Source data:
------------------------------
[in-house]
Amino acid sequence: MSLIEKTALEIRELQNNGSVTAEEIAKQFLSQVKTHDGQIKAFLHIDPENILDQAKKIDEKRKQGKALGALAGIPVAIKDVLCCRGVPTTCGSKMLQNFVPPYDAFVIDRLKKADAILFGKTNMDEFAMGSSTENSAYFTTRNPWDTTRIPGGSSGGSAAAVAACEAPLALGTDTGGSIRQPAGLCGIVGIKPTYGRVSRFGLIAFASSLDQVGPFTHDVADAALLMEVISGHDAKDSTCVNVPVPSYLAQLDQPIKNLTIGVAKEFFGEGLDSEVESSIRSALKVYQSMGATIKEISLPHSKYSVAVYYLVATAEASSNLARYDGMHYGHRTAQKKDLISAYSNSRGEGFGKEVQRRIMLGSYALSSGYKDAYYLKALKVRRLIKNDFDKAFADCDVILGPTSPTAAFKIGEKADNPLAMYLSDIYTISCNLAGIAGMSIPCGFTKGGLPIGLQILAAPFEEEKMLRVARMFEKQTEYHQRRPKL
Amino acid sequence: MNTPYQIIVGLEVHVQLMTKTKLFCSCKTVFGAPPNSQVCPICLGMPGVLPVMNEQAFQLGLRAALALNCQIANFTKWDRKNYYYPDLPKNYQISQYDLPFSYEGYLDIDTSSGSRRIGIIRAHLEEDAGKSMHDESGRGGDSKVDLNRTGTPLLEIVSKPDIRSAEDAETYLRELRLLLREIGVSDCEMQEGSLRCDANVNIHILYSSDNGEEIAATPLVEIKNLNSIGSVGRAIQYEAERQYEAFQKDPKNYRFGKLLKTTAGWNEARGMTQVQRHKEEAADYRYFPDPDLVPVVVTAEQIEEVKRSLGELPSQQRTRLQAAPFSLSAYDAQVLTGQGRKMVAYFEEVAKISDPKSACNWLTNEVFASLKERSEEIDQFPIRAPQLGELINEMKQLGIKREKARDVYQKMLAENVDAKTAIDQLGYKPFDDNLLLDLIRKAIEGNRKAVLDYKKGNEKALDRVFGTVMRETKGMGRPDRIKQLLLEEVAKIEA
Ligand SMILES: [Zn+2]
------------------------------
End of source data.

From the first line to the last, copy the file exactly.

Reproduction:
[in-house]
Amino acid sequence: MSLIEKTALEIRELQNNGSVTAEEIAKQFLSQVKTHDGQIKAFLHIDPENILDQAKKIDEKRKQGKALGALAGIPVAIKDVLCCRGVPTTCGSKMLQNFVPPYDAFVIDRLKKADAILFGKTNMDEFAMGSSTENSAYFTTRNPWDTTRIPGGSSGGSAAAVAACEAPLALGTDTGGSIRQPAGLCGIVGIKPTYGRVSRFGLIAFASSLDQVGPFTHDVADAALLMEVISGHDAKDSTCVNVPVPSYLAQLDQPIKNLTIGVAKEFFGEGLDSEVESSIRSALKVYQSMGATIKEISLPHSKYSVAVYYLVATAEASSNLARYDGMHYGHRTAQKKDLISAYSNSRGEGFGKEVQRRIMLGSYALSSGYKDAYYLKALKVRRLIKNDFDKAFADCDVILGPTSPTAAFKIGEKADNPLAMYLSDIYTISCNLAGIAGMSIPCGFTKGGLPIGLQILAAPFEEEKMLRVARMFEKQTEYHQRRPKL
Amino acid sequence: MNTPYQIIVGLEVHVQLMTKTKLFCSCKTVFGAPPNSQVCPICLGMPGVLPVMNEQAFQLGLRAALALNCQIANFTKWDRKNYYYPDLPKNYQISQYDLPFSYEGYLDIDTSSGSRRIGIIRAHLEEDAGKSMHDESGRGGDSKVDLNRTGTPLLEIVSKPDIRSAEDAETYLRELRLLLREIGVSDCEMQEGSLRCDANVNIHILYSSDNGEEIAATPLVEIKNLNSIGSVGRAIQYEAERQYEAFQKDPKNYRFGKLLKTTAGWNEARGMTQVQRHKEEAADYRYFPDPDLVPVVVTAEQIEEVKRSLGELPSQQRTRLQAAPFSLSAYDAQVLTGQGRKMVAYFEEVAKISDPKSACNWLTNEVFASLKERSEEIDQFPIRAPQLGELINEMKQLGIKREKARDVYQKMLAENVDAKTAIDQLGYKPFDDNLLLDLIRKAIEGNRKAVLDYKKGNEKALDRVFGTVMRETKGMGRPDRIKQLLLEEVAKIEA
Ligand SMILES: [Zn+2]